President Tsai Ing-wen (蔡英文) marks the first anniversary of her presidency today. In many early initiatives by the government, Tsai has been putting resources into executing the “new southbound policy” in an attempt to broaden the nation’s economic, trade, and cultural ties with South and Southeast Asian nations to pave the way for Taiwan’s long-term economic growth.
“The Southeast Asian countries and India are expanding rapidly in economy. This is an opportunity that Taiwan cannot miss to grow in tandem with them and secure a position in Asia,” Minister Without Portfolio John Deng (鄧振中) told the Taipei Times in an interview in Taipei on Tuesday.
The policy, which runs according to the motto “people orientated,” seeks collaboration with 18 nations under the principles of reciprocity and equality.
It covers 10 Southeast Asian nations, six in South Asia, as well as Australia and New Zealand. The nations receiving top priority are Thailand, Indonesia, Vietnam, Malaysia, the Philippines and India for the early stage of the policy.
Deng, who is head of the Office of Trade Negotiations, said some people might compare the “new southbound policy” to China’s “One Belt, One Road” initiative, as the geographic scope of the Chinese policy in ASEAN, including Vietnam, Thailand and Malaysia, overlaps with Taiwan’s.
However, in terms of collaboration on projects in ASEAN, China focuses on building large facilities, while Taiwan provides value-added, total solutions to improve existing infrastructure, such as introducing electronic toll collection systems, Deng said.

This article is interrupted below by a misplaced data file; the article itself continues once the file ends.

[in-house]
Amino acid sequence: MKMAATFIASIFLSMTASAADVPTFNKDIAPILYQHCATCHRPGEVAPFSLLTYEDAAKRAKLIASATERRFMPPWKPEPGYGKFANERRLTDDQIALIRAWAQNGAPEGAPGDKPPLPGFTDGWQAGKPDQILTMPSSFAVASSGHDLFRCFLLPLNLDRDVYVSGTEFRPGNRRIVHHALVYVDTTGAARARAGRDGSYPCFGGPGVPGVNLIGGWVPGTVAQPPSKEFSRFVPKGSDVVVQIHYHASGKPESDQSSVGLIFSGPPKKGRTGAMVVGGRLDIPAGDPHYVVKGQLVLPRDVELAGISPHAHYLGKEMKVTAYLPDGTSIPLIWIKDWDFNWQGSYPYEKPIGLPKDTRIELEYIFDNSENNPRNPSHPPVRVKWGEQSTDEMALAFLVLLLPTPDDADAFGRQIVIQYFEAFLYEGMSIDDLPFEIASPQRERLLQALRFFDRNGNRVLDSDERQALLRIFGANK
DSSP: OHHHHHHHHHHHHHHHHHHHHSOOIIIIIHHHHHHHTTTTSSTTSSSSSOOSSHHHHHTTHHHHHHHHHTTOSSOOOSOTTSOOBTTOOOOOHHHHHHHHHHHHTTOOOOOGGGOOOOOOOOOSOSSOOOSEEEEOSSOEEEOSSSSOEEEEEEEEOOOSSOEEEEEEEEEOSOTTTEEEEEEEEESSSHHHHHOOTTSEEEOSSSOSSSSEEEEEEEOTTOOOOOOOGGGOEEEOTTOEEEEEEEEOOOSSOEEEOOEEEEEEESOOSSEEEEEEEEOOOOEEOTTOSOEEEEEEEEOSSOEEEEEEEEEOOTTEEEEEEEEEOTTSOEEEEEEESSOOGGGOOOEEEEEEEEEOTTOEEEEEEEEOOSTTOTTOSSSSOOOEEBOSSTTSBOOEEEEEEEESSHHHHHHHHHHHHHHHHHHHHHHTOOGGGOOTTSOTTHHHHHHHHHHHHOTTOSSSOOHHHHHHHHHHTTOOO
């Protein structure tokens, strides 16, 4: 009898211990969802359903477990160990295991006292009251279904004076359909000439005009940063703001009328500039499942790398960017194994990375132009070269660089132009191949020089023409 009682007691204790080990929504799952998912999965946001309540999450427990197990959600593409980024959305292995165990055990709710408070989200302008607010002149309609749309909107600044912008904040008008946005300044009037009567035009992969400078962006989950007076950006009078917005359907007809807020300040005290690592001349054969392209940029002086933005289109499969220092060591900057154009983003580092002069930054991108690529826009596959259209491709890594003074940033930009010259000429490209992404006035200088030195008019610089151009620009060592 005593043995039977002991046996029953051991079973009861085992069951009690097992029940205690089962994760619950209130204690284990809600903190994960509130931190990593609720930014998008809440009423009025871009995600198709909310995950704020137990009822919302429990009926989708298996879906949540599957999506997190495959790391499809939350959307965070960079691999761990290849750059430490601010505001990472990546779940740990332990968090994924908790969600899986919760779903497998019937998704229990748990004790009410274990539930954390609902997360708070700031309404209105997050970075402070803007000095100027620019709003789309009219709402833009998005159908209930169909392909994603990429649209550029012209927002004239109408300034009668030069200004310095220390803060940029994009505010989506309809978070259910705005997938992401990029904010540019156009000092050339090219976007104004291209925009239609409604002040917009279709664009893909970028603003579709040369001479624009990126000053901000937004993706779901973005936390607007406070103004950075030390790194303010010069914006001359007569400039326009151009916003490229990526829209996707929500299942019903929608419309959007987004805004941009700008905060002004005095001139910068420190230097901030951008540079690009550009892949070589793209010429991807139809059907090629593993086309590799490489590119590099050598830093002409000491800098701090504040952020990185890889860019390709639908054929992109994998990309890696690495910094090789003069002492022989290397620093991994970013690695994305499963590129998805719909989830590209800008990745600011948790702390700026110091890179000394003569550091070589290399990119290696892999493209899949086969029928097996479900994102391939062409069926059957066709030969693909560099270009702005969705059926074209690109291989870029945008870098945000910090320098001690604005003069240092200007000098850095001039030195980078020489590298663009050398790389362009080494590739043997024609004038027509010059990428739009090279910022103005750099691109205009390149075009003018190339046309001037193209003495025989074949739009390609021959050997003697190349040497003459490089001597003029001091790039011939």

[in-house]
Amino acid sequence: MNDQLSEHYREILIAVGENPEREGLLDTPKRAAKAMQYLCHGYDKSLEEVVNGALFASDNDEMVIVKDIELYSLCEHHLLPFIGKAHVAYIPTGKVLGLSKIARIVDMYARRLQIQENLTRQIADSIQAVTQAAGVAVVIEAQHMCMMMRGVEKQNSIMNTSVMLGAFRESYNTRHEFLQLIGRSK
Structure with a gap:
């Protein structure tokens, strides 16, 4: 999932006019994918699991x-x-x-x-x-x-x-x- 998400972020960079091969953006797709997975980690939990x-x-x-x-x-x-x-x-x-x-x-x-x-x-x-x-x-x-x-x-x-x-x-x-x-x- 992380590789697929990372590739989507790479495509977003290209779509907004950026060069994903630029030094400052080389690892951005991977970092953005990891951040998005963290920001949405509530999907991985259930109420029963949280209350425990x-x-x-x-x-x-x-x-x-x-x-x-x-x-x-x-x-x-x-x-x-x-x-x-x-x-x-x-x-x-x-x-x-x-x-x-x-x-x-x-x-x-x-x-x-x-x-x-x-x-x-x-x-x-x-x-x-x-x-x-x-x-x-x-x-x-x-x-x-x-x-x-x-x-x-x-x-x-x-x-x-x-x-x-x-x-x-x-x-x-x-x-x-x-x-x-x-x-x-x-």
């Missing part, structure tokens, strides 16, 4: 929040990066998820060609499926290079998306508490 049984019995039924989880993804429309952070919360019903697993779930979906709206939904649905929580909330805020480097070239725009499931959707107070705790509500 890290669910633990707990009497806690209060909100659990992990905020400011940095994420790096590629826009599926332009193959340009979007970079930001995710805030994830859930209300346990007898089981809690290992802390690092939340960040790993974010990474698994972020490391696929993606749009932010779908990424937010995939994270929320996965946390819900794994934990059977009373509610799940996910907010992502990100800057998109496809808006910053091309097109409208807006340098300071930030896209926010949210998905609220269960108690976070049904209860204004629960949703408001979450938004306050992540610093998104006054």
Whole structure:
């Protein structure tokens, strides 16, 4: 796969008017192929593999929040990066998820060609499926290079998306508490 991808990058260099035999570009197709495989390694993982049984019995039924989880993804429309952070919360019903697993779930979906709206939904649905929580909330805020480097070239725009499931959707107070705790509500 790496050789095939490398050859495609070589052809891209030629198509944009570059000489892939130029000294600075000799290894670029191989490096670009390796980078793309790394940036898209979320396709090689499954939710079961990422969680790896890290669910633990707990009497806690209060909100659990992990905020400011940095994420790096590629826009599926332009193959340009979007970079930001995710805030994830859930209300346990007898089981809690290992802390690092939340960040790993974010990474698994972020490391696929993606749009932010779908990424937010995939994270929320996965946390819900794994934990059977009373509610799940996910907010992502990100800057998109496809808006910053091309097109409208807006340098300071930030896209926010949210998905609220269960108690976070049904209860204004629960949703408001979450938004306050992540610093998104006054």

“The market segments that Taiwan and China target are different. There is no conflict of interests,” Deng said.
Deng said the core value of the “new southbound policy” is not only to forge solid trade relationships, but also to increase engagement with the governments, institutions and people.
“We do not just view the countries as markets for us to do business there. We care about what we could provide to benefit the partnered countries and people there in the long term,” he said.
With a focus on people, Tsai’s government aims to deepen bilateral exchanges and cultivation of students, academics and industry professionals through the efforts of the government and the private sector.
For instance, a Taiwanese businessman, surnamed Kao (高), has founded a technical vocation center, PT Formosa Teknologi Sentral, in Indonesia to provide training programs for high-school-equivalent graduates or factory workers, Deng said.
The center is offering courses on subjects such as computer numeric control, human-machine interface control and programmable logic control, all of which use Taiwanese machines and materials, the Office of Trade and Negotiations said.
The first batch of students recently graduated from the program and the second batch of students are to begin their training, Deng said.
Such investment in training is reciprocal; not only can it improve the the standard of the Indonesian workforce and enhance the operational efficiency of overseas Taiwanese enterprises, but also increase exports of machinery tools and software, Deng said.
“It is a necessary approach to train local technicians and management talent, as Taiwanese enterprises do not have sufficient personnel to be stationed in overseas markets, partly due to our aging society and industry structure,” he said.
Smartphone chip designer MediaTek Inc (聯發科) in December last year invited 42 executives and senior engineers from Indian smartphone vendors, including Micromax Informatics Ltd, to participate in a six-week handset hardware design development program hosted by the company in Taiwan.
Deng said MediaTek’s program helped the Indian government to meet its rising demand for smartphone hardware and system design talent.
It also benefited the Taiwanese firm’s image in the Indian market, he said.